When my mum first suggested I paint her cane setting, I was skeptical about how I could make it work for my blog.
“It’s pretty generic”. “It’s not very special”. “How am going to make it look great?”.
As the project progressed, my doubt continued.
“The blue’s not quite right”. “The seat pads aren’t tailored enough”. “Is the gloss too glossy?”.
It wasn’t until I paired the chairs with her breakfast table and added a few pretty accessories that I began to appreciate the power in “making the most” again.
No, they’re not stunning designer chairs and the blue’s a touch more grey than I’d have liked and the seat pads aren’t piped, though the chairs look really lovely in that breakfast nook.
In fact, they’ve given the space such a surprising hint of charm that mum is even going to keep them there! Had I not needed to test out my new spray gun I probably wouldn’t even have looked twice at those ordinary chairs. Yet here they are.
Of course, if you have lofty decorating dreams you’re determined to chase down, then by all means, go for it! However, just remember that in the meantime you don’t need to sacrifice your present home happiness.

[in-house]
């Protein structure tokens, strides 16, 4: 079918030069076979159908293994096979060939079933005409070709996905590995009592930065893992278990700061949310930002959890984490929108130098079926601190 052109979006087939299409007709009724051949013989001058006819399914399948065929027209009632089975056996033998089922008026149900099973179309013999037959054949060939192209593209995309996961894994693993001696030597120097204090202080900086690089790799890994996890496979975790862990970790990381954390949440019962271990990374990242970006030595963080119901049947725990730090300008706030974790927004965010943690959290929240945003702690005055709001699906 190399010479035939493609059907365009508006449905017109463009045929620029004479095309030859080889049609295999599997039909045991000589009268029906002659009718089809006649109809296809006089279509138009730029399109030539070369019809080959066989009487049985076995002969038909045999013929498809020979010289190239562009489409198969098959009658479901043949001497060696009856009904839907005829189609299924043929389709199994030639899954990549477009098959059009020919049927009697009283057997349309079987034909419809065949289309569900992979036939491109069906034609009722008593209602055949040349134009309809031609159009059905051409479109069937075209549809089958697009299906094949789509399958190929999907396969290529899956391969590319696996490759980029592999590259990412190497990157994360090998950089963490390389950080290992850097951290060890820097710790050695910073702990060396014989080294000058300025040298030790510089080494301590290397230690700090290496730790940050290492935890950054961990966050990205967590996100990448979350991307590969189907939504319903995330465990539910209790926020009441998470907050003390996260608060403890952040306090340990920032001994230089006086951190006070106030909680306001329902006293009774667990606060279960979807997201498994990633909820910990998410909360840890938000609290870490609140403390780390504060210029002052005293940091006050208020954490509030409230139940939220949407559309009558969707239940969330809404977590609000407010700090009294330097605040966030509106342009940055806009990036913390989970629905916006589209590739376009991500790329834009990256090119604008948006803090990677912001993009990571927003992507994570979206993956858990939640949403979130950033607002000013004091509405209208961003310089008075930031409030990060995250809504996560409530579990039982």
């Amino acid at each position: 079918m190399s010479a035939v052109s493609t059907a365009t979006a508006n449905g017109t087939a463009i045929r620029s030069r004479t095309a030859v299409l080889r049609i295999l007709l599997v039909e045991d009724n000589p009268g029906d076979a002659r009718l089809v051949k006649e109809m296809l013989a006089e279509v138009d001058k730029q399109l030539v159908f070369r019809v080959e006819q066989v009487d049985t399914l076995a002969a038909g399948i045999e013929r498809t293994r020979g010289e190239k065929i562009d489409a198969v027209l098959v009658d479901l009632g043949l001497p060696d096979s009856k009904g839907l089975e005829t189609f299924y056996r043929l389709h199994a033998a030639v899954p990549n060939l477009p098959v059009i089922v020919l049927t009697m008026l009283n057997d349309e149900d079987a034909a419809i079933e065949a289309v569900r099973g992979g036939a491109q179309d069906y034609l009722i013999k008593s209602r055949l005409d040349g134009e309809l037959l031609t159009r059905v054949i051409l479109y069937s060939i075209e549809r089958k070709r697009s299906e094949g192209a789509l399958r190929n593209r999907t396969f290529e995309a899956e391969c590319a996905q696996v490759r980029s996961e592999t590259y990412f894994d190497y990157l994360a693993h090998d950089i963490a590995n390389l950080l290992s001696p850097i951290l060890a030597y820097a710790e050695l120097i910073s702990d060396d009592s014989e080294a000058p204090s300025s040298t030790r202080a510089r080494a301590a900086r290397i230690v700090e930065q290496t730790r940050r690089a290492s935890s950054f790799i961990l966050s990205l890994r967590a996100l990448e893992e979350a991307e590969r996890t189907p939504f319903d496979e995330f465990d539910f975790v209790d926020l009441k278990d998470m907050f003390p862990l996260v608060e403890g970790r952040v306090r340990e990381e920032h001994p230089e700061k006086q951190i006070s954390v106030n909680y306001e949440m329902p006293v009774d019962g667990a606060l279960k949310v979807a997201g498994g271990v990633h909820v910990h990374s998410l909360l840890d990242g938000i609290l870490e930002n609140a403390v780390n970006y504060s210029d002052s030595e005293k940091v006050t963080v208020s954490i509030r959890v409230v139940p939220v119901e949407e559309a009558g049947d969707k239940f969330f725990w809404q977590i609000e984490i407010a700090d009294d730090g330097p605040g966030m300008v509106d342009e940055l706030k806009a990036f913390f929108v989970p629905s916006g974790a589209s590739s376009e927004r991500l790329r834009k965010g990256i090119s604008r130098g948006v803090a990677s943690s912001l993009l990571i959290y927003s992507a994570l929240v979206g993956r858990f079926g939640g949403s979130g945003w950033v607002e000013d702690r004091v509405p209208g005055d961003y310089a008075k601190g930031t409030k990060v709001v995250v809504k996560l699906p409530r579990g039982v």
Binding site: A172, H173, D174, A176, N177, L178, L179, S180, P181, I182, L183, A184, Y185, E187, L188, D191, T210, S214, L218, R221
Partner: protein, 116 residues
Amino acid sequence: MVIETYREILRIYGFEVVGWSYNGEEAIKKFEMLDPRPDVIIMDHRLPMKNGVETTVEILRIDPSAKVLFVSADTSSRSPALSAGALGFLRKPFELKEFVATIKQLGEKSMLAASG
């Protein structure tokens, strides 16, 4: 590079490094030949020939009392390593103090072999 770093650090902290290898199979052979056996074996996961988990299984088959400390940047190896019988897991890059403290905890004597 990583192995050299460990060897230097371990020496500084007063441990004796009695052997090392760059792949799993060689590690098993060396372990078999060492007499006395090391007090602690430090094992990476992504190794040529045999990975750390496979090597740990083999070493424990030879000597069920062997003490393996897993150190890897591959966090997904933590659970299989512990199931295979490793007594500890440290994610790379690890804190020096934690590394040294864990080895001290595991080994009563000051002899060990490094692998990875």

If, on the other hand, you’re simply pining over the impossible, then consider welcoming the potential beauty a more realistic approach might yield.
You don’t need to think of it as settling, or conceding, or failing. Why can’t it be capitlising, and overcoming, and winning? And, maybe most importantly, choosing contentment?
So, visit a few thrift stores (or shop your own house), pick up a paint brush (or a spray gun!), throw some pretty foliage in a vase and have a go at “making the most” for now.
You might just be surprised!
On- July 18, 2016
By- Kristine, The Painted Hive